Keyshia Cole is from Alameda originally, and the Bay Area love was definitely in the house. If you ever in your life pine for the sound of 20,000 girls screaming their lungs out at the highest available volume, go to a Keyshia Cole show and wait for the opening chords to “Love.” Cole is my Queen of R&B right now, the new Mary J. Blige, and that’s conceding that she didn’t even do “I Should Have Cheated.” Apparently she has a reality show. I’m scared to watch it.
From the onset, T-Pain slouched at the front of his stage bedecked in his trademark top hat, and shoved his hands in his pockets, looking bored with himself.
T-Pain had breakdancing midgets dressed in whiteface and camoflauge. He has three tents, one of them inflated to 20 feet tall, with his name and likeness at the top. He had a woman in daisy dukes and a bikini top walking on stilts. He had a blonde tattooed midget gyrating around the stage in her bra and panties. He had a fire swallower with flaming pastied nipples. He had a calliope, a bazooka, a vaudeville wagon, an elephant stand, and a backup yes-man in Marilyn Manson makeup who lip-synched along to T-Pain’s hits while T-Pain moonwalked, badly, across the stage.
“I got one word for you…” said T-Pain’s DJ, early on in the set: “Bay Area!!!”
Almost every song T-Pain played was a hit, and almost every song T-Pain played was chopped off by the incessant thundercrash from his DJ. He was very comfortable with the fact that the audience knew all his songs, and turned the singing duties over to them much of the time, not even bothering to hold the mic out to the crowd. While they sang his hits, his prerecorded vocals continued to play in the background.
There were significant moments in Lil’ Wayne’s set where there was absolutely no applause after his songs. Just empty silence. There were other moments that elicited frenzied anarchy, as when he took off his shirt. His vocals, already quiet and growly, were drowned out by his rock band, who hung from large cages and who served for the most part to uselessly thicken up his pared-down hip-hop into heavy metal jams.
“Dere’s three important things I gotta say,” announced Lil’ Wayne. “One: I believe in God, do you? An’ two: I ain’t shit wit out you, so make some noise. An’ three: I ain’t shit wit out you!”
T-Pain, riding circles around Lil’ Wayne on a Segway, argued about who had done more guest verses on songs by other artists this year. They decided to perform some of these songs, an experiment which if comprehensive could have gone on for approximately 83 hours, 31 minutes. The DJ played “Swagga Like Us,” but Lil’ Wayne cut it off, saying that he didn’t remember his own verse. This happens when you have 1,000 songs and are blasted on drugs most of the time.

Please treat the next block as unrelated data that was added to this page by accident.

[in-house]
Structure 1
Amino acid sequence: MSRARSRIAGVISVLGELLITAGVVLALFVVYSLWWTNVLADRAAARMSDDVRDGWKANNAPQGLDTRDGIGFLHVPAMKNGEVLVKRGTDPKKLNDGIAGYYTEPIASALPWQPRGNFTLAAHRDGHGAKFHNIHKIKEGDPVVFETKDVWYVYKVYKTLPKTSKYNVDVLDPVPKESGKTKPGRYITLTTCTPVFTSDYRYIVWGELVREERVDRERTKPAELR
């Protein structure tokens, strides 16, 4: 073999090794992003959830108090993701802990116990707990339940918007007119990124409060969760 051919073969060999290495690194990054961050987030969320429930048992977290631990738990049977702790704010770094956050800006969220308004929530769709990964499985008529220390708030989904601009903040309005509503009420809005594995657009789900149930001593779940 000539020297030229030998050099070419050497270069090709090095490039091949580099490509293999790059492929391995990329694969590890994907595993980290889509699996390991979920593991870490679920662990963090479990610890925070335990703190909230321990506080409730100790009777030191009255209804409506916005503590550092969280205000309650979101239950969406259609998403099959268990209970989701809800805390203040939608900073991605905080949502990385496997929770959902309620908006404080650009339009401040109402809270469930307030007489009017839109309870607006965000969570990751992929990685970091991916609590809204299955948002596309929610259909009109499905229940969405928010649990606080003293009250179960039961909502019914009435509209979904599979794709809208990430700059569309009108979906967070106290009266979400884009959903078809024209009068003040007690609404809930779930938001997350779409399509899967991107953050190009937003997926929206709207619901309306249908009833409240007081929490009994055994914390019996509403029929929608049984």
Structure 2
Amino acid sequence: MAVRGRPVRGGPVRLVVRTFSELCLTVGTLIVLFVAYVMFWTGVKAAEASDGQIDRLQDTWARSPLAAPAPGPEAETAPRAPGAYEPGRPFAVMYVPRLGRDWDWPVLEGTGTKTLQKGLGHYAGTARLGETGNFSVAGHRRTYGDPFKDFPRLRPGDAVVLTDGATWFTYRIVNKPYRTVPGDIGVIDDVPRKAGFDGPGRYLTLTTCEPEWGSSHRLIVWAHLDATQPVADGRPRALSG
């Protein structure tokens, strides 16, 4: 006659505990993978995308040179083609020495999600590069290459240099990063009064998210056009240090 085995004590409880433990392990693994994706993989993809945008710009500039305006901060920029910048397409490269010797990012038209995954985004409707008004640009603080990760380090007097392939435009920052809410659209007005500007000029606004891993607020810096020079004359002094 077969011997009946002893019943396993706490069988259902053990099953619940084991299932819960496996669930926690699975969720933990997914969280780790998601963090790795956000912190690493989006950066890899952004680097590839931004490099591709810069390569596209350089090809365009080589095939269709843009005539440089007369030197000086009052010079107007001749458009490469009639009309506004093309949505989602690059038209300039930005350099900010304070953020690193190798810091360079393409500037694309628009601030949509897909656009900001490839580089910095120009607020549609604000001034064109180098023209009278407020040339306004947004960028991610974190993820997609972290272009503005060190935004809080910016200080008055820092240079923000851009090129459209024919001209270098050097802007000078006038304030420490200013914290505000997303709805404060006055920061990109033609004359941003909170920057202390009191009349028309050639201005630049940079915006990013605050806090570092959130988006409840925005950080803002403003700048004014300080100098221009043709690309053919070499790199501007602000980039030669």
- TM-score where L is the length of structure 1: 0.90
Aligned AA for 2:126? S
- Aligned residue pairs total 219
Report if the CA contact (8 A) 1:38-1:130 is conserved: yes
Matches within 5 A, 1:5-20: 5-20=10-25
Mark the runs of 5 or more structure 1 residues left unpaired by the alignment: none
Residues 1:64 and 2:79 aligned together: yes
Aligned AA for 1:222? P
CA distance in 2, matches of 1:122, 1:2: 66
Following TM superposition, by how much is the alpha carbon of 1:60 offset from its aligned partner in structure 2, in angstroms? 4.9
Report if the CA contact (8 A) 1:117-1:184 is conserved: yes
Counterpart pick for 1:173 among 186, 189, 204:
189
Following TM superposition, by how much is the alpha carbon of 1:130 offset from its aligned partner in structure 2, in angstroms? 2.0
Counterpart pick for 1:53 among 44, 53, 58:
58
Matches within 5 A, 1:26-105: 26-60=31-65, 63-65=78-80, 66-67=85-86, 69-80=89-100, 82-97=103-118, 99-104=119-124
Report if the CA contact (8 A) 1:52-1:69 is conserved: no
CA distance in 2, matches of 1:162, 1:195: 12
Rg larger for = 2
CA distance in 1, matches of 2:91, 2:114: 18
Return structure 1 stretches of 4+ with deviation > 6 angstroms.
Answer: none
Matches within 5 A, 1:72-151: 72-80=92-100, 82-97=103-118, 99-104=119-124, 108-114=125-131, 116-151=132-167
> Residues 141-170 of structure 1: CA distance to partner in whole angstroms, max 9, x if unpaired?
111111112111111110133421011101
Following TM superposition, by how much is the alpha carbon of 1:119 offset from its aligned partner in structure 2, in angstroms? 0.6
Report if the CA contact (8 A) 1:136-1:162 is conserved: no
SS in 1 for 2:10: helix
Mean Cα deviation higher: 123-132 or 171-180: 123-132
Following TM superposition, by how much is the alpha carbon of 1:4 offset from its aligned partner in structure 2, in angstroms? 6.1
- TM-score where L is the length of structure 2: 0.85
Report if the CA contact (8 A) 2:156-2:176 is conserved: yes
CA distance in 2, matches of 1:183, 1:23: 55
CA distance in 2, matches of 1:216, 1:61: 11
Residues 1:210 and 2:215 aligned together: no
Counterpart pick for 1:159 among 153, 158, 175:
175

“Y’all got the mixtapes?” Lil’ Wayne shouted, hypothetically, since his mixtapes have replaced albums as the listening format of choice for his fans; he did “I’m Me” and “Prostitute,” during which he sat holding a green electric guitar that he did not play. He then turned the stage over to a string of unknown friends to bore the crowd while he went backstage to get dressed for “Lollipop.”
Near the end of the set, Lil’ Wayne’s laptop DJ killed ten minutes by cuing up other people’s songs—“Single Ladies,” “Peter Piper”—while Wayne was nowhere to be seen. When he reemerged, he dissolved into a spiritual communion with stained-glass windows on the jumbotrons, spending an entire song on a spinning platform out of view of the audience. He bid farewell, the music ended, and the crowd was expected to applaud. No one did.
He popped back onto the stage to sing “A Milli,” its minimalist brilliance abandoned in favor of a heavy-metal wankfest, and left the Oakland Arena with a James Brown cape act and a run-through of Whitney Houston’s “I Will Always Love You.”
And that’s the top-selling artist of the year. I was blown away when I heard “A Milli,” into the mixtapes, kinda underwhelmed by Tha Carter III, and after last night I don’t think Lil’ Wayne has the stamina to live up to his reputation. He’s got flashes of lyrical gold, oozes style and is a born ruler of the game; my guess is he’s toast in 2009. Riding out a tidal wave can be an art in itself, especially when you start counting up the $110 tickets head by head, and you realize that it is generating more motherfucking money than you or I could ever imagine. The tide can only go out from here.